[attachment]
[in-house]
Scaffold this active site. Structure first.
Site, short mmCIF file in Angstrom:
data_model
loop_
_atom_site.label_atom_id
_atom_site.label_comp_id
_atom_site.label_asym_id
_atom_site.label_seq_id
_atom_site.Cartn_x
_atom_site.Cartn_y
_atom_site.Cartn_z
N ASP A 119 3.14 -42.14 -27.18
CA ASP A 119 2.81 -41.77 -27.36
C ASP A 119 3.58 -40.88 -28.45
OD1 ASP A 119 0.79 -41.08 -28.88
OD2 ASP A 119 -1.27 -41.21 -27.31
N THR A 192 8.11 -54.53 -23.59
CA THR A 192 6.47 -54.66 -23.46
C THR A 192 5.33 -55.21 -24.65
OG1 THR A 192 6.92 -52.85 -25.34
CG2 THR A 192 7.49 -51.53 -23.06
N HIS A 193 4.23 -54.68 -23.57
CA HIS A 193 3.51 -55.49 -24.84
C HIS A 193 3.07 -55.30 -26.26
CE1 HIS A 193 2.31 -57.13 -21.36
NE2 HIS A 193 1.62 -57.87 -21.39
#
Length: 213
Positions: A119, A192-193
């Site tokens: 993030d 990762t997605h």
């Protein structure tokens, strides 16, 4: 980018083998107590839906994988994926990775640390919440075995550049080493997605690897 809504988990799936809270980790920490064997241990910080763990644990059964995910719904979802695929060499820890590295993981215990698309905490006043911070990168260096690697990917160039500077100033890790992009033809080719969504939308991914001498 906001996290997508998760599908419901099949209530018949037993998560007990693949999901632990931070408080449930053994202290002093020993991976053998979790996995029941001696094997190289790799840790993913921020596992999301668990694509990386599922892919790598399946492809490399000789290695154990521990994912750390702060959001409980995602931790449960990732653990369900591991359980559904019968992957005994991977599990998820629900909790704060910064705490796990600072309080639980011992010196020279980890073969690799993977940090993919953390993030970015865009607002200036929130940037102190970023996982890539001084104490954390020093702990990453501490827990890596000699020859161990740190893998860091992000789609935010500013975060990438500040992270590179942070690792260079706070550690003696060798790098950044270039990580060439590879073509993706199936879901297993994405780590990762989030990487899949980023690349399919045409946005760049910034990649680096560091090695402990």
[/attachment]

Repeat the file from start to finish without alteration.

[in-house]
Scaffold this active site. Structure first.
Site, short mmCIF file in Angstrom:
data_model
loop_
_atom_site.label_atom_id
_atom_site.label_comp_id
_atom_site.label_asym_id
_atom_site.label_seq_id
_atom_site.Cartn_x
_atom_site.Cartn_y
_atom_site.Cartn_z
N ASP A 119 3.14 -42.14 -27.18
CA ASP A 119 2.81 -41.77 -27.36
C ASP A 119 3.58 -40.88 -28.45
OD1 ASP A 119 0.79 -41.08 -28.88
OD2 ASP A 119 -1.27 -41.21 -27.31
N THR A 192 8.11 -54.53 -23.59
CA THR A 192 6.47 -54.66 -23.46
C THR A 192 5.33 -55.21 -24.65
OG1 THR A 192 6.92 -52.85 -25.34
CG2 THR A 192 7.49 -51.53 -23.06
N HIS A 193 4.23 -54.68 -23.57
CA HIS A 193 3.51 -55.49 -24.84
C HIS A 193 3.07 -55.30 -26.26
CE1 HIS A 193 2.31 -57.13 -21.36
NE2 HIS A 193 1.62 -57.87 -21.39
#
Length: 213
Positions: A119, A192-193
């Site tokens: 993030d 990762t997605h």
């Protein structure tokens, strides 16, 4: 980018083998107590839906994988994926990775640390919440075995550049080493997605690897 809504988990799936809270980790920490064997241990910080763990644990059964995910719904979802695929060499820890590295993981215990698309905490006043911070990168260096690697990917160039500077100033890790992009033809080719969504939308991914001498 906001996290997508998760599908419901099949209530018949037993998560007990693949999901632990931070408080449930053994202290002093020993991976053998979790996995029941001696094997190289790799840790993913921020596992999301668990694509990386599922892919790598399946492809490399000789290695154990521990994912750390702060959001409980995602931790449960990732653990369900591991359980559904019968992957005994991977599990998820629900909790704060910064705490796990600072309080639980011992010196020279980890073969690799993977940090993919953390993030970015865009607002200036929130940037102190970023996982890539001084104490954390020093702990990453501490827990890596000699020859161990740190893998860091992000789609935010500013975060990438500040992270590179942070690792260079706070550690003696060798790098950044270039990580060439590879073509993706199936879901297993994405780590990762989030990487899949980023690349399919045409946005760049910034990649680096560091090695402990």